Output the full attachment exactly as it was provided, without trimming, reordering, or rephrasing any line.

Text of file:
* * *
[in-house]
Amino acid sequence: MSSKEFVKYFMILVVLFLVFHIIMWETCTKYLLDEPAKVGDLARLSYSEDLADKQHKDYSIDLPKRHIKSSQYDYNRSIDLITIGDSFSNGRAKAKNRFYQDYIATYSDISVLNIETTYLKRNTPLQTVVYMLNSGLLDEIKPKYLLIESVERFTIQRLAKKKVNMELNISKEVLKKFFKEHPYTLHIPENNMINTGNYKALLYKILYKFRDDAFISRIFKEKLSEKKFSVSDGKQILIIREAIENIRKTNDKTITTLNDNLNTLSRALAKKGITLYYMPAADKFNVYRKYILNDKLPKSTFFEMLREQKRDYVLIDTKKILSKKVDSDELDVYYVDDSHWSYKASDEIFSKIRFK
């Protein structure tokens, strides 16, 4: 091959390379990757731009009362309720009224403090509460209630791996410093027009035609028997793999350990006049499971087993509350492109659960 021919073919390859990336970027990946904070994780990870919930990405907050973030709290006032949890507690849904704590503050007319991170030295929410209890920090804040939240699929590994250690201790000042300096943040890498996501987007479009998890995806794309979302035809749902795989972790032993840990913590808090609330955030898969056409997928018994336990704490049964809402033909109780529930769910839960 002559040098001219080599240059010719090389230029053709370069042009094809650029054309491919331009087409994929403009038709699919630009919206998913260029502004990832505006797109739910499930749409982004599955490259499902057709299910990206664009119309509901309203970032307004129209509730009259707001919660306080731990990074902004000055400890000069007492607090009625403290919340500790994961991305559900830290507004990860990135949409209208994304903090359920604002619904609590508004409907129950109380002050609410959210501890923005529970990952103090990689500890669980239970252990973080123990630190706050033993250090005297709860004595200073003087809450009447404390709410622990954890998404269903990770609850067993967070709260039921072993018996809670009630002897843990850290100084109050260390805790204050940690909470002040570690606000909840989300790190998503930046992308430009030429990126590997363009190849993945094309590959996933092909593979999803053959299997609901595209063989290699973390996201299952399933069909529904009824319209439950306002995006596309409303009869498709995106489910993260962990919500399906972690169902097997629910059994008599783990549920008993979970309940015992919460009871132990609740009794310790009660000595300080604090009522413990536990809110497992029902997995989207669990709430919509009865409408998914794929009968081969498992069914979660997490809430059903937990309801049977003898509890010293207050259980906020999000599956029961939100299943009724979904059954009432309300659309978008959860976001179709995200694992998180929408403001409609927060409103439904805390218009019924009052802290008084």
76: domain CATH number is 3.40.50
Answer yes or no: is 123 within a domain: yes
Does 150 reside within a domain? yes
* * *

[in-house]
Amino acid sequence: MSSKEFVKYFMILVVLFLVFHIIMWETCTKYLLDEPAKVGDLARLSYSEDLADKQHKDYSIDLPKRHIKSSQYDYNRSIDLITIGDSFSNGRAKAKNRFYQDYIATYSDISVLNIETTYLKRNTPLQTVVYMLNSGLLDEIKPKYLLIESVERFTIQRLAKKKVNMELNISKEVLKKFFKEHPYTLHIPENNMINTGNYKALLYKILYKFRDDAFISRIFKEKLSEKKFSVSDGKQILIIREAIENIRKTNDKTITTLNDNLNTLSRALAKKGITLYYMPAADKFNVYRKYILNDKLPKSTFFEMLREQKRDYVLIDTKKILSKKVDSDELDVYYVDDSHWSYKASDEIFSKIRFK
């Protein structure tokens, strides 16, 4: 091959390379990757731009009362309720009224403090509460209630791996410093027009035609028997793999350990006049499971087993509350492109659960 021919073919390859990336970027990946904070994780990870919930990405907050973030709290006032949890507690849904704590503050007319991170030295929410209890920090804040939240699929590994250690201790000042300096943040890498996501987007479009998890995806794309979302035809749902795989972790032993840990913590808090609330955030898969056409997928018994336990704490049964809402033909109780529930769910839960 002559040098001219080599240059010719090389230029053709370069042009094809650029054309491919331009087409994929403009038709699919630009919206998913260029502004990832505006797109739910499930749409982004599955490259499902057709299910990206664009119309509901309203970032307004129209509730009259707001919660306080731990990074902004000055400890000069007492607090009625403290919340500790994961991305559900830290507004990860990135949409209208994304903090359920604002619904609590508004409907129950109380002050609410959210501890923005529970990952103090990689500890669980239970252990973080123990630190706050033993250090005297709860004595200073003087809450009447404390709410622990954890998404269903990770609850067993967070709260039921072993018996809670009630002897843990850290100084109050260390805790204050940690909470002040570690606000909840989300790190998503930046992308430009030429990126590997363009190849993945094309590959996933092909593979999803053959299997609901595209063989290699973390996201299952399933069909529904009824319209439950306002995006596309409303009869498709995106489910993260962990919500399906972690169902097997629910059994008599783990549920008993979970309940015992919460009871132990609740009794310790009660000595300080604090009522413990536990809110497992029902997995989207669990709430919509009865409408998914794929009968081969498992069914979660997490809430059903937990309801049977003898509890010293207050259980906020999000599956029961939100299943009724979904059954009432309300659309978008959860976001179709995200694992998180929408403001409609927060409103439904805390218009019924009052802290008084």
76: domain CATH number is 3.40.50
Answer yes or no: is 123 within a domain: yes
Does 150 reside within a domain? yes